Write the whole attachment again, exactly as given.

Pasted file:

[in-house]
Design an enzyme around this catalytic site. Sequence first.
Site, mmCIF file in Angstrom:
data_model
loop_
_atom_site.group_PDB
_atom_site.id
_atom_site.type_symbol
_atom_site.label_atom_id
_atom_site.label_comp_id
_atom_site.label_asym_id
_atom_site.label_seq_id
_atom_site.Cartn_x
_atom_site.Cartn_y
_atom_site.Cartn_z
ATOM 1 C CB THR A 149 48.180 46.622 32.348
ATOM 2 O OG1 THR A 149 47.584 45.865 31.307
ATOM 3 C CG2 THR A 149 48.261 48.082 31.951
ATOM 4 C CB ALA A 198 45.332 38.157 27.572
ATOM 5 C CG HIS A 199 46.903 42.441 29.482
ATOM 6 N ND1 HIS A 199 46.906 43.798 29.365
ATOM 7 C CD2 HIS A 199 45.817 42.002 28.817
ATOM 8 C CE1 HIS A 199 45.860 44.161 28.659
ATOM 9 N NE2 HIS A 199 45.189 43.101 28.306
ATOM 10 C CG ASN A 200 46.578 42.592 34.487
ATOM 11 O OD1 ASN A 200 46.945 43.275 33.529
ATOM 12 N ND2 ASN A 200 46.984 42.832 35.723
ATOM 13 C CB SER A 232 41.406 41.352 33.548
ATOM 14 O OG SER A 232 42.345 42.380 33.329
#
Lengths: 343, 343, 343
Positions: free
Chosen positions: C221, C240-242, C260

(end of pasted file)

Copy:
[in-house]
Design an enzyme around this catalytic site. Sequence first.
Site, mmCIF file in Angstrom:
data_model
loop_
_atom_site.group_PDB
_atom_site.id
_atom_site.type_symbol
_atom_site.label_atom_id
_atom_site.label_comp_id
_atom_site.label_asym_id
_atom_site.label_seq_id
_atom_site.Cartn_x
_atom_site.Cartn_y
_atom_site.Cartn_z
ATOM 1 C CB THR A 149 48.180 46.622 32.348
ATOM 2 O OG1 THR A 149 47.584 45.865 31.307
ATOM 3 C CG2 THR A 149 48.261 48.082 31.951
ATOM 4 C CB ALA A 198 45.332 38.157 27.572
ATOM 5 C CG HIS A 199 46.903 42.441 29.482
ATOM 6 N ND1 HIS A 199 46.906 43.798 29.365
ATOM 7 C CD2 HIS A 199 45.817 42.002 28.817
ATOM 8 C CE1 HIS A 199 45.860 44.161 28.659
ATOM 9 N NE2 HIS A 199 45.189 43.101 28.306
ATOM 10 C CG ASN A 200 46.578 42.592 34.487
ATOM 11 O OD1 ASN A 200 46.945 43.275 33.529
ATOM 12 N ND2 ASN A 200 46.984 42.832 35.723
ATOM 13 C CB SER A 232 41.406 41.352 33.548
ATOM 14 O OG SER A 232 42.345 42.380 33.329
#
Lengths: 343, 343, 343
Positions: free
Chosen positions: C221, C240-242, C260